@Stefan

It's nothing like that Ruby is forgetting the loop's local variables or
so...

To me, the code has some problems. We are actually initializing the "j" in
every repetition of the loop and that's why it is not printing anything for
a nil object.
What we are doing above is exactly like this:

Ruby 1.9.3

a = 1
print a # => prints 1 and returns nil
a = nil
print a # => prints blank and returns nil

Ruby 1.8.7

a = 1
print a # => prints 1 and returns nil
a = nil
print a # => prints "nil" and returns nil

So, only difference in Ruby 1.8 and 1.9.3 is that earlier it used to print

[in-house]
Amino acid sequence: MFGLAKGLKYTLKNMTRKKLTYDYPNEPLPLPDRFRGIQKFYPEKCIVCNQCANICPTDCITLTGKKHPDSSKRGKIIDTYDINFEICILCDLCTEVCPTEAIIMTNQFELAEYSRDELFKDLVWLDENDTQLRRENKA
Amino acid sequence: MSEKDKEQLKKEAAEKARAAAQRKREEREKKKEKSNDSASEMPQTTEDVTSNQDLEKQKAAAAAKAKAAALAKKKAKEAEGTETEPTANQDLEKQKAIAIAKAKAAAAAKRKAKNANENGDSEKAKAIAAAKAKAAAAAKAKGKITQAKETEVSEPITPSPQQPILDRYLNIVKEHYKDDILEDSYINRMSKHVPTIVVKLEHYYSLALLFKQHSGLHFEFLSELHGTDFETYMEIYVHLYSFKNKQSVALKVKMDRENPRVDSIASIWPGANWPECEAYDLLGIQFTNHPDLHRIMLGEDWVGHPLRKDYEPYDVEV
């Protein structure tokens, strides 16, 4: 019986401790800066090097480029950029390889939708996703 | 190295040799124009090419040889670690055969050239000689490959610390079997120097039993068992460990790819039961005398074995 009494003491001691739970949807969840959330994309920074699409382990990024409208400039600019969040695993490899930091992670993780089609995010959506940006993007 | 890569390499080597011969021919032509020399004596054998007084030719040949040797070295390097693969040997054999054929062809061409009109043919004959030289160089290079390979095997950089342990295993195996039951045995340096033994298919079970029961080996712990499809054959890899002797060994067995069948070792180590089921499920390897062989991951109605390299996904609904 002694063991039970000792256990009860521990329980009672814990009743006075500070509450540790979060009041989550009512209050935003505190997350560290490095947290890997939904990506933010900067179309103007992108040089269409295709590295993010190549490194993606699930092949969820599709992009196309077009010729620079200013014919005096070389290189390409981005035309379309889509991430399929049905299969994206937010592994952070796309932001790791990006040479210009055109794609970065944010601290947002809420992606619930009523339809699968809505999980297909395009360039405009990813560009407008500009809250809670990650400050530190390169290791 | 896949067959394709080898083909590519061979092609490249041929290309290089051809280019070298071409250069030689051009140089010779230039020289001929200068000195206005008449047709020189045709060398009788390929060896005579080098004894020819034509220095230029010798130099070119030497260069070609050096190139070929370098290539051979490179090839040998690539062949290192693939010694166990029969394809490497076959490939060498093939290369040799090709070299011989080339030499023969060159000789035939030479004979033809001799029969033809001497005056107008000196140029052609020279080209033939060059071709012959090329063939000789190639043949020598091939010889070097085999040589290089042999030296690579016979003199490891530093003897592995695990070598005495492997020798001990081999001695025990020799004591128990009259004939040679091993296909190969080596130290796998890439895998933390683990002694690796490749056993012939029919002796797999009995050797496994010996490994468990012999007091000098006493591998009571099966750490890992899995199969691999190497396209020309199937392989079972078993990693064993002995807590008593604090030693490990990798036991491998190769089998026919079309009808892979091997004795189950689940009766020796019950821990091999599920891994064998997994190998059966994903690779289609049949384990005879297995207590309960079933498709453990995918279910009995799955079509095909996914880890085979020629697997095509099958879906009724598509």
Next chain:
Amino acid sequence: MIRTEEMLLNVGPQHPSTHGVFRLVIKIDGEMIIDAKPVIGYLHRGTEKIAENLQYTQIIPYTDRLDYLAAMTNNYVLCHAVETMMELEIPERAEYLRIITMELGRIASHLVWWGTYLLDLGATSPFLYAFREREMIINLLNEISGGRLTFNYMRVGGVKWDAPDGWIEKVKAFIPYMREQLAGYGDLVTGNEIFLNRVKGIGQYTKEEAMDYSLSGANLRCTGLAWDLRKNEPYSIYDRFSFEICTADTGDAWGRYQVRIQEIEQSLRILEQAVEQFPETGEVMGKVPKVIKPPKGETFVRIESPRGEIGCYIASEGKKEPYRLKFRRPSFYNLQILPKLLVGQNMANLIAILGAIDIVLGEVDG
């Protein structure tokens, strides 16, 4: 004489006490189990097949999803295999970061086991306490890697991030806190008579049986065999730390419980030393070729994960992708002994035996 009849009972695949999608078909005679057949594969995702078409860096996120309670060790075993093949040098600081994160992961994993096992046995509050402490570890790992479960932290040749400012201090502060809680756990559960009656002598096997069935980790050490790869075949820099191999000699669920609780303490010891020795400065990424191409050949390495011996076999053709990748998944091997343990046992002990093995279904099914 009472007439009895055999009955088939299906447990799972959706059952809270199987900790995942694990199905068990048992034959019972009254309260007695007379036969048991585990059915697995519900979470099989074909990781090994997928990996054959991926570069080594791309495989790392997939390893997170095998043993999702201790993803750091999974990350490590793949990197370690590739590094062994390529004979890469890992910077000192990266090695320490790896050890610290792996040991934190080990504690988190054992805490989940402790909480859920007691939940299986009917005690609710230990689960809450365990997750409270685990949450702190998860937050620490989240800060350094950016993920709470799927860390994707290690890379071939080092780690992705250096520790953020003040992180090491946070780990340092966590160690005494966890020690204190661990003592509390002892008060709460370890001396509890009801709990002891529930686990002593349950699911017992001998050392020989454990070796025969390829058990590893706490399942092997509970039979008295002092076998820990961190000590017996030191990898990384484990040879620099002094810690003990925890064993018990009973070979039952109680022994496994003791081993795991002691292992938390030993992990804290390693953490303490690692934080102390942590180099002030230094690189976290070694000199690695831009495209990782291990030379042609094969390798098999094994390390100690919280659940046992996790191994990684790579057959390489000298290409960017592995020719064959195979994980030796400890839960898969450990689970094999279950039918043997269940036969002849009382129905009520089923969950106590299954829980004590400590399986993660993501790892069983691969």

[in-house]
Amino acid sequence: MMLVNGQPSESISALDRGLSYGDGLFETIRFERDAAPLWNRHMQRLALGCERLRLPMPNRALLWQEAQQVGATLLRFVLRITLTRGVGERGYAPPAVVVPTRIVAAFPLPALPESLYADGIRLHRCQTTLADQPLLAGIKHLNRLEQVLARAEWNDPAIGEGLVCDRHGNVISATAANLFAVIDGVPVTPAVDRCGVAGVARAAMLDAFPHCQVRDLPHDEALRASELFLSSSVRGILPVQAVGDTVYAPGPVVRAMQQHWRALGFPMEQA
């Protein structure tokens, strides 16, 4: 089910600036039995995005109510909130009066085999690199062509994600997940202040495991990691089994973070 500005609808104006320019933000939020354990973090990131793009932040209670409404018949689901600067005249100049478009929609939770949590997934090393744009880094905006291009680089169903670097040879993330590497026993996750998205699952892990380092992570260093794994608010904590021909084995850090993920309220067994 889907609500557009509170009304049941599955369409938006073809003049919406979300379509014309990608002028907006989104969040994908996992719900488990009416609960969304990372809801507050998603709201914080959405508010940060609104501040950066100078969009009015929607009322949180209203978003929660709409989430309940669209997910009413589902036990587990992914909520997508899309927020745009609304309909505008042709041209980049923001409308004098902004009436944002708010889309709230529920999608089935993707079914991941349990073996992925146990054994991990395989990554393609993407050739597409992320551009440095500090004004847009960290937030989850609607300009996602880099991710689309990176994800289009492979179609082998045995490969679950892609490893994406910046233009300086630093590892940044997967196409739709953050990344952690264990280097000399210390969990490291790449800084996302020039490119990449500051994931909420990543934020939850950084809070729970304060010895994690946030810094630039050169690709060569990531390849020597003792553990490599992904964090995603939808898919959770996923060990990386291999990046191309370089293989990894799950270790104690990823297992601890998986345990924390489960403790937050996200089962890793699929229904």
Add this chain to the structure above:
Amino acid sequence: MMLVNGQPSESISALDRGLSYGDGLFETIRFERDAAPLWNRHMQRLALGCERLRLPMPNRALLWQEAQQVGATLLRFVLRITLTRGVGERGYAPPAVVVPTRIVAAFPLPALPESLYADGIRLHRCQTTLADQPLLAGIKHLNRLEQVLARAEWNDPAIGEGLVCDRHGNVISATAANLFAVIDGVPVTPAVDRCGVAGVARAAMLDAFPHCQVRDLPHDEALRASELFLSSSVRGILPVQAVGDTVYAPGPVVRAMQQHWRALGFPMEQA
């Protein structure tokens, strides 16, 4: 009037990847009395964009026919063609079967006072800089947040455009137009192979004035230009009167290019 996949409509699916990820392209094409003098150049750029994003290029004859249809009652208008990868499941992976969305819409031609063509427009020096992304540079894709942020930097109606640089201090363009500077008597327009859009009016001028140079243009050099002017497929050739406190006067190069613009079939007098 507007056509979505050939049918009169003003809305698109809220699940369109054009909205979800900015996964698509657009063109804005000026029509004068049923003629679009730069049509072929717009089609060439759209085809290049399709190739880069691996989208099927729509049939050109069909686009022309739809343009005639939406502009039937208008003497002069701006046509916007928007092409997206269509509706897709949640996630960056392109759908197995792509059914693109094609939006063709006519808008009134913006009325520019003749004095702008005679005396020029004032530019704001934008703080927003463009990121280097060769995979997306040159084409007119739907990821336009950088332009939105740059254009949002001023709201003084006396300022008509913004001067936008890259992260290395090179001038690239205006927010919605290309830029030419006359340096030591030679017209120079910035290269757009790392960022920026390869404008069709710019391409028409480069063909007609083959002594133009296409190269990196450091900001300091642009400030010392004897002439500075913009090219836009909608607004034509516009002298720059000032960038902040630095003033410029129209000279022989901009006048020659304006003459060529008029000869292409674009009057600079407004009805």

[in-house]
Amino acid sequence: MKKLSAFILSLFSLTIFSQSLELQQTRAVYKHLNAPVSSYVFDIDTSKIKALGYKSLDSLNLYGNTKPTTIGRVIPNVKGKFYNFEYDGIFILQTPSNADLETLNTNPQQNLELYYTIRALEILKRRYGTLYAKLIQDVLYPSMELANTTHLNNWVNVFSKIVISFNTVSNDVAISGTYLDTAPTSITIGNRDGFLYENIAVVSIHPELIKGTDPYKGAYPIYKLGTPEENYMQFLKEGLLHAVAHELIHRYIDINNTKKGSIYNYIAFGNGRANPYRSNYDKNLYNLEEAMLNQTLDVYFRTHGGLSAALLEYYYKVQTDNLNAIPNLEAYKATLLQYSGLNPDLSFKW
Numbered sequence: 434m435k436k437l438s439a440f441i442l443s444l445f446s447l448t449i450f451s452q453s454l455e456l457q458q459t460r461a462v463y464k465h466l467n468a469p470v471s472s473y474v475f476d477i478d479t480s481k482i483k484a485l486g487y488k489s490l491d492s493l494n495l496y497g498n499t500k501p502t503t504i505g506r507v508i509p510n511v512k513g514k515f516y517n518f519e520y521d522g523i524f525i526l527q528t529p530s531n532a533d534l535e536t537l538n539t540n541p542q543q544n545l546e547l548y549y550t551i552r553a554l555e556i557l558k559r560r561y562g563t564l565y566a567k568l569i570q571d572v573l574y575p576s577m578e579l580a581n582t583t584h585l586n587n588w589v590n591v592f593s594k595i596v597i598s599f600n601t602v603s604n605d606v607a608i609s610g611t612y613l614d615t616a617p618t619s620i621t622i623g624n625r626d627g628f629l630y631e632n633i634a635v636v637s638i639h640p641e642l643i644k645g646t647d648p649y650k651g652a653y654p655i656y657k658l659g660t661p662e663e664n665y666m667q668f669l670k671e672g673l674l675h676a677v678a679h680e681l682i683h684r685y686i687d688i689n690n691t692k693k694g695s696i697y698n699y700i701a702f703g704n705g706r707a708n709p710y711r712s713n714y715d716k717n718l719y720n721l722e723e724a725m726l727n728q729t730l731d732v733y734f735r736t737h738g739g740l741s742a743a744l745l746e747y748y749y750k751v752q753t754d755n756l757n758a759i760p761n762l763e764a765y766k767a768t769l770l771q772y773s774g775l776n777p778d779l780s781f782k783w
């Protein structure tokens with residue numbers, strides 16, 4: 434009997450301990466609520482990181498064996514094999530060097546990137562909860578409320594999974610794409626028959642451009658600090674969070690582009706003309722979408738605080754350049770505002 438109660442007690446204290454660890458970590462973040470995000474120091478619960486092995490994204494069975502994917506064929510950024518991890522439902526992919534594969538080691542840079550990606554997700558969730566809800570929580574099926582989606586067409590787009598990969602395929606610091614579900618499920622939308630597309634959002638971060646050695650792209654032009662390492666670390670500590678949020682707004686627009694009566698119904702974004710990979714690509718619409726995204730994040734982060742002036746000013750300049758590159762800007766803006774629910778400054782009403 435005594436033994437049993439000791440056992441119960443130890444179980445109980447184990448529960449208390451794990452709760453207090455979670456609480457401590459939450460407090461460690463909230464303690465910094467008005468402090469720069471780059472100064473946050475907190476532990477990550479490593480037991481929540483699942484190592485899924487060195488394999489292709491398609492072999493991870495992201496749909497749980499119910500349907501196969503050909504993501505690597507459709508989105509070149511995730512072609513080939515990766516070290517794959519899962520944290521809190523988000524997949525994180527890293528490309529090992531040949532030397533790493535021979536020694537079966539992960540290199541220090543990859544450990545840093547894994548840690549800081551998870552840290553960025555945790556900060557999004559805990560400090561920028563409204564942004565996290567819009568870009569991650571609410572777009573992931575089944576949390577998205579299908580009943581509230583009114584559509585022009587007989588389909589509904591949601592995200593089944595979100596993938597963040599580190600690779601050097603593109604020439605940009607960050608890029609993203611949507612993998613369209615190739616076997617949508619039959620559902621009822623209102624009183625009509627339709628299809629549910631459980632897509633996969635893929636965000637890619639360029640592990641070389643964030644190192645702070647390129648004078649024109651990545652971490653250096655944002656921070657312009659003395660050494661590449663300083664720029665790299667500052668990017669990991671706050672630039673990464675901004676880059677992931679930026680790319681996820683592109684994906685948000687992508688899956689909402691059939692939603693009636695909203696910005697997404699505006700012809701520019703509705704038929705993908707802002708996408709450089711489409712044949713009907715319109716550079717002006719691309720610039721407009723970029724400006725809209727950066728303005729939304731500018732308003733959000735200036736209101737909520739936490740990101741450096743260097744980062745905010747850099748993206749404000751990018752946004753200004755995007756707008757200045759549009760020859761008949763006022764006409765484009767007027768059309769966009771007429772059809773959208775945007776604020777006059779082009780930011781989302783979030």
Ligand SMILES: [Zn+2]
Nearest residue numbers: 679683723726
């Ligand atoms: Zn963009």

"nil" for nil objects and now it doesn't print anything for nil objects
which logically sounds better.

In your code if you'd remove the initialization of "j" in every rep of the
loop you'll get what you want:

e.g.

Ruby 1.9.3

5.times{|i| if i == 0 then j = 1 end; print i, j,"\n"}
01
11
21
31
41
 => 5

*Note that the block variables now is only |i|  and not |i; j|*



regards,
Sur
crismon9.com